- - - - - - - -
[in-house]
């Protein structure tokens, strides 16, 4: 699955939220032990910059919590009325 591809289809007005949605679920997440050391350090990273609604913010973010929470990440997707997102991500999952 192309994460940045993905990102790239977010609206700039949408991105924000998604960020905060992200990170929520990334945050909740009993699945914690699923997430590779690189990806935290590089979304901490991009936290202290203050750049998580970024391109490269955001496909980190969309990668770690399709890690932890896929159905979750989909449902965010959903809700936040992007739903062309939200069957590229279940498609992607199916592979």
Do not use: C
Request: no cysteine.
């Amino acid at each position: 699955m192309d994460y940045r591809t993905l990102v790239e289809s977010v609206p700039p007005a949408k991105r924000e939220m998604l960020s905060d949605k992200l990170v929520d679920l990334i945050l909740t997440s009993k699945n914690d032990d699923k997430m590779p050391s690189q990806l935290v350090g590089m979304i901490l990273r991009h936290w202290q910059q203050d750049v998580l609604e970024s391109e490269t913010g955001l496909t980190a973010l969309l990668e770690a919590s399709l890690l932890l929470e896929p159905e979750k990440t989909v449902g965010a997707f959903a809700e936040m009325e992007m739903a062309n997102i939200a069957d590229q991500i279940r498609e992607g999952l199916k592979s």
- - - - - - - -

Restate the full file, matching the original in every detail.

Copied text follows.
[in-house]
């Protein structure tokens, strides 16, 4: 699955939220032990910059919590009325 591809289809007005949605679920997440050391350090990273609604913010973010929470990440997707997102991500999952 192309994460940045993905990102790239977010609206700039949408991105924000998604960020905060992200990170929520990334945050909740009993699945914690699923997430590779690189990806935290590089979304901490991009936290202290203050750049998580970024391109490269955001496909980190969309990668770690399709890690932890896929159905979750989909449902965010959903809700936040992007739903062309939200069957590229279940498609992607199916592979």
Do not use: C
Request: no cysteine.
């Amino acid at each position: 699955m192309d994460y940045r591809t993905l990102v790239e289809s977010v609206p700039p007005a949408k991105r924000e939220m998604l960020s905060d949605k992200l990170v929520d679920l990334i945050l909740t997440s009993k699945n914690d032990d699923k997430m590779p050391s690189q990806l935290v350090g590089m979304i901490l990273r991009h936290w202290q910059q203050d750049v998580l609604e970024s391109e490269t913010g955001l496909t980190a973010l969309l990668e770690a919590s399709l890690l932890l929470e896929p159905e979750k990440t989909v449902g965010a997707f959903a809700e936040m009325e992007m739903a062309n997102i939200a069957d590229q991500i279940r498609e992607g999952l199916k592979s």